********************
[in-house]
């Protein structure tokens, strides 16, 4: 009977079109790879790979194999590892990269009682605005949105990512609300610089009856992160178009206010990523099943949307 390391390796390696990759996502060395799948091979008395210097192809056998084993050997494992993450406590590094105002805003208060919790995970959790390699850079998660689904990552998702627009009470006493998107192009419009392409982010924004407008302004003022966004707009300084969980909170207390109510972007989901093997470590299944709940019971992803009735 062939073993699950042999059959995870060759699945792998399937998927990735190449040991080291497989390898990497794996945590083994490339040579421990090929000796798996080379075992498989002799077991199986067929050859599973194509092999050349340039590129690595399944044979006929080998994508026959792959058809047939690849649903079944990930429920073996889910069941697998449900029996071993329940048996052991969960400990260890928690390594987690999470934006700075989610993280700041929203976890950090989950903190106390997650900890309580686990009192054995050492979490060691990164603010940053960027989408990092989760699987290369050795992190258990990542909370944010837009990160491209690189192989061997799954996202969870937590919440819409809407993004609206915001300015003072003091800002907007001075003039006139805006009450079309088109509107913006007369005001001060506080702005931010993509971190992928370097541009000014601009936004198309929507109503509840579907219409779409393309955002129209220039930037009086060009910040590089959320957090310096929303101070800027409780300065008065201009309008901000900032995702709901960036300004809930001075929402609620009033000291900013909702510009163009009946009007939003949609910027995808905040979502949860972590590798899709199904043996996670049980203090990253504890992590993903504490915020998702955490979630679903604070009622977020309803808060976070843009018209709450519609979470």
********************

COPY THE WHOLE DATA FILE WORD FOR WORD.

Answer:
[in-house]
């Protein structure tokens, strides 16, 4: 009977079109790879790979194999590892990269009682605005949105990512609300610089009856992160178009206010990523099943949307 390391390796390696990759996502060395799948091979008395210097192809056998084993050997494992993450406590590094105002805003208060919790995970959790390699850079998660689904990552998702627009009470006493998107192009419009392409982010924004407008302004003022966004707009300084969980909170207390109510972007989901093997470590299944709940019971992803009735 062939073993699950042999059959995870060759699945792998399937998927990735190449040991080291497989390898990497794996945590083994490339040579421990090929000796798996080379075992498989002799077991199986067929050859599973194509092999050349340039590129690595399944044979006929080998994508026959792959058809047939690849649903079944990930429920073996889910069941697998449900029996071993329940048996052991969960400990260890928690390594987690999470934006700075989610993280700041929203976890950090989950903190106390997650900890309580686990009192054995050492979490060691990164603010940053960027989408990092989760699987290369050795992190258990990542909370944010837009990160491209690189192989061997799954996202969870937590919440819409809407993004609206915001300015003072003091800002907007001075003039006139805006009450079309088109509107913006007369005001001060506080702005931010993509971190992928370097541009000014601009936004198309929507109503509840579907219409779409393309955002129209220039930037009086060009910040590089959320957090310096929303101070800027409780300065008065201009309008901000900032995702709901960036300004809930001075929402609620009033000291900013909702510009163009009946009007939003949609910027995808905040979502949860972590590798899709199904043996996670049980203090990253504890992590993903504490915020998702955490979630679903604070009622977020309803808060976070843009018209709450519609979470």